These small sharks have been reported to bark like a dog when caught, which is thought to be the sound of the expulsion of air, taken in by mistake as the shark is pulled out of the water.

It’s unlikely that this sound occurs under normal conditions or is an evolutionary defense mechanism in itself. Rather, it’s a by-product of the shark’s very stressful and unpleasant experience.

Draughtsboard shark

This cute little spotted shark, Cephaloscyllium isabellum, is another type of catshark.

It’s ironic, then, that it’s been recorded barking like a dog. There’s not much information on this, and it’s important to hold these claims with a heavy dose of skepticism, but it is feasible that a shark expelling water or air as a defense mechanism will also make a sound as it does so.

These sharks are endemic to New Zealand, and there are a lot of unconfirmed reports of them being able to take water or air into their body as a defense mechanism, much like the swell shark mentioned above. The expulsion of this may be responsible for the reported barking when caught on a line and pulled out of the water.

It’s probable, however, that this shark, being the same genus as the swell shark, has been the recipient of a case of mistaken identity.

Many sources confuse the common name Draughtsboard shark with the taxonomic name for the swell shark! Having said this, many species of the genus Cephaloscyllium are capable of this defense mechanism, so the reports may be accurate.

Notes on Scientific Names

It can be a little overwhelming to read too many scientific names for animals, but there is a point where it becomes very important.

People have common names for many different animals, and sometimes these overlap.

In the case of Cephaloscyllium Isabellum, the names carpet shark, draughtsboard shark, swell shark, and others are all used by different people. Some of these names are used for other types of sharks too. This can lead to some confusion and misreporting of facts when a behavior is attributed to the wrong shark.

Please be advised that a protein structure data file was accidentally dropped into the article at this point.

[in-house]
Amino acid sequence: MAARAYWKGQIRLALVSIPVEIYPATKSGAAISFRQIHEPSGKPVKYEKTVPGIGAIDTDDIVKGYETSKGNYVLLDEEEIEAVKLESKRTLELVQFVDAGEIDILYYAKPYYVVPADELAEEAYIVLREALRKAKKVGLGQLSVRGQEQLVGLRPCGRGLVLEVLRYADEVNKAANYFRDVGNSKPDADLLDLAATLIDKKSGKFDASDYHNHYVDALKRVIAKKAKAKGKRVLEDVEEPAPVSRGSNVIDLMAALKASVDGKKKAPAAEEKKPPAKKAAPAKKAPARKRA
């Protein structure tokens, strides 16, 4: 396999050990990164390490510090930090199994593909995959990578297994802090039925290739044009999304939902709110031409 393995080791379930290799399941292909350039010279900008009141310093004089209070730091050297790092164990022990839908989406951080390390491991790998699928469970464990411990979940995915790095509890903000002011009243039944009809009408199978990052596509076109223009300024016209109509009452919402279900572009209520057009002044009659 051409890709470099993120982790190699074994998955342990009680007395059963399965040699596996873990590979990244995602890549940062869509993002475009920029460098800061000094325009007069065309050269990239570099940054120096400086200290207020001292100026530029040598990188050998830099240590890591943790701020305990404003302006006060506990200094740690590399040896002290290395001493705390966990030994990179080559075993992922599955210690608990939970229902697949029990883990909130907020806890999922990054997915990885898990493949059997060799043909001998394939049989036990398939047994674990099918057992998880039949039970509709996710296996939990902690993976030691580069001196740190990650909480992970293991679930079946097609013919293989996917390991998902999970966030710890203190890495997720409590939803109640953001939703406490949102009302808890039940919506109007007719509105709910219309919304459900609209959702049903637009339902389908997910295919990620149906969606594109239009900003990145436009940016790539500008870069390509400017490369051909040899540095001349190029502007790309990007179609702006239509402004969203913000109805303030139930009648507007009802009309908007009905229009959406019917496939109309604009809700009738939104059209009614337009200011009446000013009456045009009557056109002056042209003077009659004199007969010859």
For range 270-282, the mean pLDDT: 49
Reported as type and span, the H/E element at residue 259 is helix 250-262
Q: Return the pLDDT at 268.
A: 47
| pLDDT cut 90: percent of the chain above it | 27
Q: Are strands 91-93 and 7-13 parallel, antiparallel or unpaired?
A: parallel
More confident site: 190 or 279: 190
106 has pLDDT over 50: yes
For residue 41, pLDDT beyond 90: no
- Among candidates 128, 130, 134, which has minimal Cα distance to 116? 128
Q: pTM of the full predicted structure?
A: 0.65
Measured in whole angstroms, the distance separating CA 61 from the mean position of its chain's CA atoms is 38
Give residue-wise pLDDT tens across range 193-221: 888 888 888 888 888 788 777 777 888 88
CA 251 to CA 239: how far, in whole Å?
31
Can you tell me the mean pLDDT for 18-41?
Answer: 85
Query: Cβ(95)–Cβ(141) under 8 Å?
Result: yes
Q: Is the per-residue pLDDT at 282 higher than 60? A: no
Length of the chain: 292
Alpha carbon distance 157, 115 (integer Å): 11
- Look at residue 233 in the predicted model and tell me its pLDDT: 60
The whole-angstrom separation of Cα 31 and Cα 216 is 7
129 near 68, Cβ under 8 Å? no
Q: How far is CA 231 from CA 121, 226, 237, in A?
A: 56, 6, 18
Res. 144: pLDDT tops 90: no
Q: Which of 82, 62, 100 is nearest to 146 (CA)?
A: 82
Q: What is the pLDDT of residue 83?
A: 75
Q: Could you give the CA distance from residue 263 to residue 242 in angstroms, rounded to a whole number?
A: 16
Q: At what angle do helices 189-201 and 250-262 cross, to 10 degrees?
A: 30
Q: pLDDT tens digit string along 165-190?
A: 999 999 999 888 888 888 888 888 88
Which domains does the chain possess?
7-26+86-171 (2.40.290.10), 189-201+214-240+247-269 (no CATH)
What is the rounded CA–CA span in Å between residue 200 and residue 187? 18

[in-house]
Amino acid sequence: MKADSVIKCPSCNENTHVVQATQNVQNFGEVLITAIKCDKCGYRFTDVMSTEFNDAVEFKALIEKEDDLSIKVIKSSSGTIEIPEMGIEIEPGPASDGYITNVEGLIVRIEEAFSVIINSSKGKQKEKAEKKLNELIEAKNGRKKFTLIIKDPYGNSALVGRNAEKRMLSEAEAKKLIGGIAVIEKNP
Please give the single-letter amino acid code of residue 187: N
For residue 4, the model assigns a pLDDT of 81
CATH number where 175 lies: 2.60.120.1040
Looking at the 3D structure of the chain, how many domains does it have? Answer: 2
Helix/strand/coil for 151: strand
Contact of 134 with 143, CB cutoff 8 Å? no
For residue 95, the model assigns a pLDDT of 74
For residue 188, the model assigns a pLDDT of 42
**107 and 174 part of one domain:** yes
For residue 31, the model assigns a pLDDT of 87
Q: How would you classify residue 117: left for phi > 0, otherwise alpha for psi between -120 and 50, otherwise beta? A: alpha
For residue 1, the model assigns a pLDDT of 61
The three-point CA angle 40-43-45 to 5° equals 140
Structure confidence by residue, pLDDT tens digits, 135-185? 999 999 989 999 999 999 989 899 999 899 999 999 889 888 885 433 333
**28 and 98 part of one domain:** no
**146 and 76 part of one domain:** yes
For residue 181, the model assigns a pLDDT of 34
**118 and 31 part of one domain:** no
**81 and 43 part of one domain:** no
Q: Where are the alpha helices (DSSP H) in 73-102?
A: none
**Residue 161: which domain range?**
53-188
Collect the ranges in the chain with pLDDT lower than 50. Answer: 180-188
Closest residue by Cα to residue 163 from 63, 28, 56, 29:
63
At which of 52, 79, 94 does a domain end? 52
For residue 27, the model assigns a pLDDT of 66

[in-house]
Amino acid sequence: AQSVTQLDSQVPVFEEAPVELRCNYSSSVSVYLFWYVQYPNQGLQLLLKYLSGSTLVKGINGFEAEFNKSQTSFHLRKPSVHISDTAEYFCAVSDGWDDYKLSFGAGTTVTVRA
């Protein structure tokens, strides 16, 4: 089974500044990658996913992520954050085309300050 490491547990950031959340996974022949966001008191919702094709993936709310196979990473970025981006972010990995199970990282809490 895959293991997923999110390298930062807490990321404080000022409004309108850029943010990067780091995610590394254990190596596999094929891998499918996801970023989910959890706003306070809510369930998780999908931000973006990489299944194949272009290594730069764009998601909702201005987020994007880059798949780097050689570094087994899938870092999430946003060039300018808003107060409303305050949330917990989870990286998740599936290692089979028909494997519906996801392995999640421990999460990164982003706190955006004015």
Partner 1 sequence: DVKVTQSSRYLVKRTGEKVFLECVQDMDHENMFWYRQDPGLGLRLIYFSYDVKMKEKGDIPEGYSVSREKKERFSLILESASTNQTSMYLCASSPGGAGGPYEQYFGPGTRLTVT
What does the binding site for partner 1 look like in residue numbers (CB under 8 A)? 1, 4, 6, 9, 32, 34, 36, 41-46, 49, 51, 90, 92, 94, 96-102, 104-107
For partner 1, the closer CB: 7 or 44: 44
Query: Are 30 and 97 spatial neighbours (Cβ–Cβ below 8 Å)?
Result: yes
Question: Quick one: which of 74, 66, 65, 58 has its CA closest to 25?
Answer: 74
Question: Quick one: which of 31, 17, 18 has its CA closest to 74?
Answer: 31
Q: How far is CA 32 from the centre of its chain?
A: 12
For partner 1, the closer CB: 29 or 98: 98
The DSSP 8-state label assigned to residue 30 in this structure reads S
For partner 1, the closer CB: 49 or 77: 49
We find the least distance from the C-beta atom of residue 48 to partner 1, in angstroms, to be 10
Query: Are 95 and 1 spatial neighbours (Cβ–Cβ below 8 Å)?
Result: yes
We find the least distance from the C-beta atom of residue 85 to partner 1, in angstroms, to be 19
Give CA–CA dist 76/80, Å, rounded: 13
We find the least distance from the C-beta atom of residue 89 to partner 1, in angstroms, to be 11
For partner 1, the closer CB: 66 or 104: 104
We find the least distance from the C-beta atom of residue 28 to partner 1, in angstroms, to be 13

With scientific names, there is (usually) only one. And it’s the same in every language. This makes science communication a lot more accurate and reliable because everyone’s for sure talking about the same animal. Hence, where possible, it’s a good idea to throw in the scientific name for good measure!


Sharks have neither the physiology nor, seemingly, the impetus to make any noise.

At least, not any that we can pick up on. There are some incidences where a swell shark, pulled from the water and desperate to defend itself, will puff up on air instead of water and sort of ‘burp’ it out, but this is when taken from their natural habitat and wouldn’t be a natural sound.

However, in the case of a whale shark, there is some mystery remaining. So far, no study has been funded to explore this, and the idea that they make a sound goes against everything we understand about them.

But with sharks, everything we understand is always very limited, and the more we look, the more we discover their secrets. So, this idea that sharks don’t make any sound may be about to change.